Journalism's Pellet Surprise

Journalism's Pellet Surprise

Journalism's Pellet Surprise

A summary of what's in the major U.S. newspapers.
May 1 1998 7:10 AM

Journalism's Pellet Surprise

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and the Los Angeles Times lead with the latest U.S. economic news: surging growth but the slowest rate of inflation increase in 35 years. The top national story at the Washington Post is President Clinton's hard-nosed self-defense at his first press conference in months. The New York Times metro edition goes with the Senate's overwhelming approval of NATO expansion (the earlier, national edition goes with the tax evasion indictment of already-once-convicted Felon of Bill, Webster Hubbell).

The WP coverage of the presidential press conference--accompanied by a picture of a pugnacious double-fisted Clinton--reports that he dismissed allegations about his character as the work of organized foes "unable to counter his ideas or record," but acknowledged that seven years of their attacks have diminished his personal standing with the American people. This used to distress him greatly, said Clinton, but not anymore. The paper observes that nearly half of the questions posed by the press concerned his still-unexplained relationship with Monica Lewinsky, but that despite his January promise to illuminate it, Clinton didn't answer them.

The NYT wash-up of the NATO vote explains that all 16 current members of the alliance must approve the change in order for it to take effect. (USAT's front page NATO story says that such total approval is expected by the alliance's 50th anniversary summit in Washington next year.) The Times piece also includes a workmanlike exposition of the politics of the vote, including the observation that expansion was supported by the U.S. defense industry, which stands to "reap huge profits" from increased weapons sales to new NATO members.

The WP front features new federal statistics about teen birth rates (the story runs inside at the NYT) indicating that for the first time they are down among every racial and ethnic group. Oddly, neither story includes any data on teen out-of-wedlock birth rates. Highlights: The African-American teen birthrate is down 21 percent since 1990--its lowest level ever. Hispanic teens, while still the most prolific, have experienced a rate drop for the first time. Non-Hispanic white teens are still almost three times less likely to become mothers than either Hispanics or blacks.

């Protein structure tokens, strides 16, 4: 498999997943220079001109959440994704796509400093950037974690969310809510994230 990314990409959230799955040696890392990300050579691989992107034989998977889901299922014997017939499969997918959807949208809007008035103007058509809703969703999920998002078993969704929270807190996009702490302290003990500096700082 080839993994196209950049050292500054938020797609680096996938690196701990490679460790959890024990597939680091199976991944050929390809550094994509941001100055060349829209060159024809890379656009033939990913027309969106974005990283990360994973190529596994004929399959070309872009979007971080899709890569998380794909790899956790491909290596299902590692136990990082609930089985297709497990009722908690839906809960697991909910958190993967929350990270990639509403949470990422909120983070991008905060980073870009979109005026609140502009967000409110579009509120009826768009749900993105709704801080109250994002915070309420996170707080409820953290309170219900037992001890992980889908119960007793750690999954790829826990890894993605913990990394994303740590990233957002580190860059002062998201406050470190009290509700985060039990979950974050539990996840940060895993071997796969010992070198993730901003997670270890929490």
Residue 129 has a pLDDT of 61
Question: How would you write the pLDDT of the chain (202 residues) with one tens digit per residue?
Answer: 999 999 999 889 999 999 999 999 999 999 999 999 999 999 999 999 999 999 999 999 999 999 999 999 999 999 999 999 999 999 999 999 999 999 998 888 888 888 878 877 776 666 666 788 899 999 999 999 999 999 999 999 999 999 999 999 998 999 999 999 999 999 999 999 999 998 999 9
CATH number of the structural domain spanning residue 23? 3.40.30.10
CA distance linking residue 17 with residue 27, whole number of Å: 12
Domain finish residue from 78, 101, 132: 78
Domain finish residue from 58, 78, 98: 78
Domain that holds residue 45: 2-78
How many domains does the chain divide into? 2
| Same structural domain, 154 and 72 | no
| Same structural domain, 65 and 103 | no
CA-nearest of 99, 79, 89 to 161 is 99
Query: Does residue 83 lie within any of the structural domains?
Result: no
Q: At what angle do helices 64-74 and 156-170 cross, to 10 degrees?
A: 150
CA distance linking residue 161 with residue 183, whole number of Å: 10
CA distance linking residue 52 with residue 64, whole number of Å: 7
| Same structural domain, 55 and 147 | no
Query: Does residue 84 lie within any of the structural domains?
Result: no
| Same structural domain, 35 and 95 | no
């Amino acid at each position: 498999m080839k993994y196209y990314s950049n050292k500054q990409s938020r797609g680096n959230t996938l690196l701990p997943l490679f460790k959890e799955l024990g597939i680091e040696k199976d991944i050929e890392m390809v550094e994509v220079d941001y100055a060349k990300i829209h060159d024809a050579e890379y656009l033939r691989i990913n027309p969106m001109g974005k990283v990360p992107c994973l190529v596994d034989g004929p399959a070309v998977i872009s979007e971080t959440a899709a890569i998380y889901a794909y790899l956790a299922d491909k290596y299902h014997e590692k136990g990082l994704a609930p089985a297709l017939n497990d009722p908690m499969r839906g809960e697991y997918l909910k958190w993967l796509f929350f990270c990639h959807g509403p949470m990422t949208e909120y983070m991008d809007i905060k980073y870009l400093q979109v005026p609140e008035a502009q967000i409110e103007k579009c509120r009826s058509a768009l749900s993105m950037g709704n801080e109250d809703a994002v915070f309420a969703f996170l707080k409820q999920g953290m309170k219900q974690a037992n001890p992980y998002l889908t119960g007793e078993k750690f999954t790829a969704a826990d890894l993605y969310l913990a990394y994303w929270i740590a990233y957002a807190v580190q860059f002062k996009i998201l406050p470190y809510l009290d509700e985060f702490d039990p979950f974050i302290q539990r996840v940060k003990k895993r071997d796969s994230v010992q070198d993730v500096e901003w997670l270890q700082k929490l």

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Earlier this week, the WP took a front-page look at the Pentagon's troubled and expensive history with anti-missile defense systems. Today, a new development in the arena gets covered by the Post, but is relegated to the business section. Curious, since yesterday's award to Boeing of a contract to develop a missile shield could be worth up to $5.1 billion. The LAT whispers the story the same way. Which, is, of course, the way the defense contractors like it.

The Wall Street Journal front features an excellent story uncovering a little-known problem: racial discrimination in farm loans. The paper describes the attempts by some struggling black farmers to get restitution from the USDA. Thus far, despite a four-hour meeting with President Clinton and an admission by USDA secretary Dan Glickman that his department had swept the problem under the rug, as well as numerous specific findings of illegal denials of loans, the farmers are still waiting to be made whole. Scandalous.

The LAT front covers a sensational, disturbing story likely to be much discussed in the days ahead. Yesterday, during L.A.'s rush hour, near one of the city's busiest intersections, a distraught man killed himself with a shotgun blast to the head--while many Angelenos watched on one or another of the local TV stations' live broadcasts. Afterwards, most of the stations expressed regret for the coverage and some offered counseling to viewers.

The episode could have a number of important consequences: Before taking his life, the man had unfurled a banner reading: "HMOs are in it for the money!! Live Free. Love Safe or Die." So perhaps the suicide will further crystallize the discussion of the impersonality of managed care. (Why, by the way, didn't the LAT mention the sexual disease-- probably AIDS--angle?) And perhaps it will break the back of the L.A. trend of automatically going with (invariably highly rated) live broadcasts of potentially violent freeway incidents.

The Hubbell indictment gets lots of ink and produces the day's strangest quote. "The office of independent counsel could indict my dog. They can indict my cat. But I'm not going to lie about the president. I'm not going to lie about the first lady or anyone else." Hubbell's wife, who was indicted along with him, must have been thrilled with this disclosure of the true family pecking order.